News

Palo Alto streets could be swept less often

Palo Alto hopes to lower costs by reducing frequency of sweeping and contracting out work

The city's Finance Committee tonight will discuss a plan to modify Palo Alto's street-sweeping program in order to cut costs.

The plan proposes the city contract out some parts of the work as well as cut down on sweeping in non-retail areas from weekly to once every other week during the "non-leaf season," which is typically March to October.

These modifications could potentially eliminate seven full-time staff positions and save the city $413,000, a staff report states.

The savings would be funneled into the city's Refuse Fund Reserves, which supports street sweeping as well as garbage collection and disposal, recycling, household hazardous waste and other services. According to the staff report, the Refuse Fund has operated with a negative-rate stabilization reserve in the last few years.

The street-sweeping program costs approximately $2.2 million of the $30 million total Refuse Budget and accounts for approximately one-half of the full-time staff positions. The overall program is made up of various smaller operations, including the cleaning of bike paths, dead ends, parking lots, sidewalks, etc.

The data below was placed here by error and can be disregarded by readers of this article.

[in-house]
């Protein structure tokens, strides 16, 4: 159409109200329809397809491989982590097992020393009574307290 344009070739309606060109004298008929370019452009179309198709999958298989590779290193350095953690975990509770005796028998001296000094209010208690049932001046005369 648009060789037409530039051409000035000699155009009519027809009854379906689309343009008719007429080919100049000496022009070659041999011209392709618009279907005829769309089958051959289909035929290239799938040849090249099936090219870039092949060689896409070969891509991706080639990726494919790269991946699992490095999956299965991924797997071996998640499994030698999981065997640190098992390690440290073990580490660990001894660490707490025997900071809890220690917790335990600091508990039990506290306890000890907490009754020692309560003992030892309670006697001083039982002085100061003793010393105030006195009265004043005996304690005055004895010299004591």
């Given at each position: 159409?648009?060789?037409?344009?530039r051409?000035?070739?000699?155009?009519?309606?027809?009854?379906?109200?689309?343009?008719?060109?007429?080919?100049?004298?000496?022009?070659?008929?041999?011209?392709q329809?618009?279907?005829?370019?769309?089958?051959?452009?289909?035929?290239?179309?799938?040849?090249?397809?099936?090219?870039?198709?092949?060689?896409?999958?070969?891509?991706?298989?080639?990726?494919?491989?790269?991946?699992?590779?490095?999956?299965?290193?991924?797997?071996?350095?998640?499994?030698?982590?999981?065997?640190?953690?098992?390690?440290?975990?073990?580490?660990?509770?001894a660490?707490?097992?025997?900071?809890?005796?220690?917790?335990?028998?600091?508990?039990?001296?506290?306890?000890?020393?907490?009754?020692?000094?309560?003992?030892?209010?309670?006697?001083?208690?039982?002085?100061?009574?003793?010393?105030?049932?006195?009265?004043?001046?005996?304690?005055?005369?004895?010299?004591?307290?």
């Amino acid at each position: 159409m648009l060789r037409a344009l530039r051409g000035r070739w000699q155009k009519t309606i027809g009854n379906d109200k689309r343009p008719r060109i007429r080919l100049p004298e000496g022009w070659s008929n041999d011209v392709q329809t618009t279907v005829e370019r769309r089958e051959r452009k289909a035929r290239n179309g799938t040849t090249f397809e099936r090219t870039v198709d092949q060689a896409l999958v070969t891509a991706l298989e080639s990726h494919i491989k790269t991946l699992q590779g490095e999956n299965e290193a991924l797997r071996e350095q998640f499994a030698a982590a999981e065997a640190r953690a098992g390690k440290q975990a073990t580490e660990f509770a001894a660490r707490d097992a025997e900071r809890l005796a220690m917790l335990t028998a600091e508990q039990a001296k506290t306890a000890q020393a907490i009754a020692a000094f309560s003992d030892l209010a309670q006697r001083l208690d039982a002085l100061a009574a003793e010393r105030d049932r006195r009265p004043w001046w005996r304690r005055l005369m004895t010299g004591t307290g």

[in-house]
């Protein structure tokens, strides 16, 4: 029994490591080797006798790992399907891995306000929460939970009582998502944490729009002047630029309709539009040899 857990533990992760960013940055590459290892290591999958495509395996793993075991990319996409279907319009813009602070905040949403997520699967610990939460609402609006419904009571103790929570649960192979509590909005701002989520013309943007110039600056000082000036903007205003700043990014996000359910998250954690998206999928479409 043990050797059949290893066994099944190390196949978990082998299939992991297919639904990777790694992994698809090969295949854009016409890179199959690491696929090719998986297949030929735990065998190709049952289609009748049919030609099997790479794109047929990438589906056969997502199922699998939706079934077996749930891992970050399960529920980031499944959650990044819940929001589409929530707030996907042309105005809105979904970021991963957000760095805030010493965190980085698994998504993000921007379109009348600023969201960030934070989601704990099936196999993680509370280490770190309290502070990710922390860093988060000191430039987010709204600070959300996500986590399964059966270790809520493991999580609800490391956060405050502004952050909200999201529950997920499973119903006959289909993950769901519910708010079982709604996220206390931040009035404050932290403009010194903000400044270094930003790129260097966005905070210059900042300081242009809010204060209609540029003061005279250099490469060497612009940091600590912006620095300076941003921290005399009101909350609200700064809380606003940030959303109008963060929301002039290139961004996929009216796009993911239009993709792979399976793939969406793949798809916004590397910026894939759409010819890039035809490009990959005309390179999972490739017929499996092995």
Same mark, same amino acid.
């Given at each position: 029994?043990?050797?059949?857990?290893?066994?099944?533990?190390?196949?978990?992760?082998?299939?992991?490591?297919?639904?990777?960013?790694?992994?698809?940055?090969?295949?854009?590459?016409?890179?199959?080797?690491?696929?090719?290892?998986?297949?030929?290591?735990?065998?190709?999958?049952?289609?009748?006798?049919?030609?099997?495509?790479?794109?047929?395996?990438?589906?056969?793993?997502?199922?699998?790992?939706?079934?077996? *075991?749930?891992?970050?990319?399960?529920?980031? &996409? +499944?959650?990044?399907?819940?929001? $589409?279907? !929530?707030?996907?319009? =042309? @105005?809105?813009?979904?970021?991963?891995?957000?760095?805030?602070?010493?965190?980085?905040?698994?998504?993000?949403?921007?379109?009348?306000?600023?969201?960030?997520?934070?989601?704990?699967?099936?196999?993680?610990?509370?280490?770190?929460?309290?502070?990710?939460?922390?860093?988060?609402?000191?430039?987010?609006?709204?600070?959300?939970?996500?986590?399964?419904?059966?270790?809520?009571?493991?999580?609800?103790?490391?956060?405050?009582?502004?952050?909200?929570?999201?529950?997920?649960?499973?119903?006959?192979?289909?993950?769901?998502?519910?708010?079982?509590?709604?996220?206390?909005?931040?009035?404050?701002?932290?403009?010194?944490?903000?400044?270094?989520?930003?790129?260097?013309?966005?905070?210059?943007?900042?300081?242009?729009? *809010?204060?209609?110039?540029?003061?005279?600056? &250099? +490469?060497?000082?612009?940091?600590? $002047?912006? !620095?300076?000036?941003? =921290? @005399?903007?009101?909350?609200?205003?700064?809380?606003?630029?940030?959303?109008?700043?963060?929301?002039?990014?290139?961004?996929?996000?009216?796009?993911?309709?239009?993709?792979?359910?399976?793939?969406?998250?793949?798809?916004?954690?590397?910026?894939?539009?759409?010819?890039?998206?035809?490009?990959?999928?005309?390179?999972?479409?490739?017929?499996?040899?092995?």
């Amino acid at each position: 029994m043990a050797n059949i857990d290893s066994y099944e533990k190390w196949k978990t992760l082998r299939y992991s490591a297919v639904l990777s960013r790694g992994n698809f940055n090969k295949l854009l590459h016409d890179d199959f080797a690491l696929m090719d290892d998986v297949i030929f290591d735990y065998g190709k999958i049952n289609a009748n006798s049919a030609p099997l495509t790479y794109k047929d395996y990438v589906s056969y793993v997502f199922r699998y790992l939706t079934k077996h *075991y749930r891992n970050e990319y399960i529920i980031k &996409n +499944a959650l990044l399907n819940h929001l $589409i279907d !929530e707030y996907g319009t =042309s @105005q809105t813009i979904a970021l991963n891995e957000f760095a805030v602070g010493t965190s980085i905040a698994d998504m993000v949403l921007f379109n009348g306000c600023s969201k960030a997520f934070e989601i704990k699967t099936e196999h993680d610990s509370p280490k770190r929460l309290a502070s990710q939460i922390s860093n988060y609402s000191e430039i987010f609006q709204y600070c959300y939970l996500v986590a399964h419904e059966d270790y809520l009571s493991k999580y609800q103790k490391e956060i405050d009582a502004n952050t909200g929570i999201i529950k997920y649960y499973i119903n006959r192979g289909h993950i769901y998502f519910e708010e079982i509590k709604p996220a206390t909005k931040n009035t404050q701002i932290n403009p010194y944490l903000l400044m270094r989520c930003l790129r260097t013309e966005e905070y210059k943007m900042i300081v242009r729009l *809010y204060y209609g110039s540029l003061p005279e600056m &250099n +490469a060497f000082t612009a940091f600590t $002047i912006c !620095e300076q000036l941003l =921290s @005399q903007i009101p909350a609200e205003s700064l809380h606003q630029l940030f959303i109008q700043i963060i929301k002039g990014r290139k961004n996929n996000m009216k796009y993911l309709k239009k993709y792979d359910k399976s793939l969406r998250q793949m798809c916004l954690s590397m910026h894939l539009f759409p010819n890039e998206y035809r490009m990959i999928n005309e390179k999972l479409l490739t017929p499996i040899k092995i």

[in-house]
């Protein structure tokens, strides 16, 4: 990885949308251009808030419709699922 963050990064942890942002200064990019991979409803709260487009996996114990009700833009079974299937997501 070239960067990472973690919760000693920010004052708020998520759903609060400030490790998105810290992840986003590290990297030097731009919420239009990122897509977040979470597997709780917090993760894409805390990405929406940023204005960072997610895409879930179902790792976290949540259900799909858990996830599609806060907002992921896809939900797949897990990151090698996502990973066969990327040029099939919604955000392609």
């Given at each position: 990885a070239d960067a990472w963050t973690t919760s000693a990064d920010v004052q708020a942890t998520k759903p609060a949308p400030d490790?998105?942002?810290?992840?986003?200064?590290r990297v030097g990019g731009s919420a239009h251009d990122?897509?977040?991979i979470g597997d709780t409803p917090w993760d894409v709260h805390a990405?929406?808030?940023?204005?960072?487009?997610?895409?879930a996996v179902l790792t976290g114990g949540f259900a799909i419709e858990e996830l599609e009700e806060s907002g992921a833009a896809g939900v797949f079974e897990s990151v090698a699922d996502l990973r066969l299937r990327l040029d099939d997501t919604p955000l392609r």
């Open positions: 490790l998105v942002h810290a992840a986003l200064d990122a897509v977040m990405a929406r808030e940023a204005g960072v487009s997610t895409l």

An analysis of the program conducted late last year indicated that contracting out the main street-sweeping operation (which is performed by large sweepers) and reducing the frequency of sweeping during certain months of the year could significantly lower costs. All in-house work currently costs $1,074,000; the proposed program would reduce that to $956,000 and contract out $661,000 worth of work.

The city ran a pilot version of the proposed program earlier this year, reducing the frequency of street sweeping in sections of Midtown, Old Palo Alto, Stanford Research Park and other areas.

The pilot demonstrated that the program works "without adverse impacts to he public of the environment," the staff report reads.

Most cities in the area, including Menlo Park and Mountain View, already sweep residential streets once every two weeks.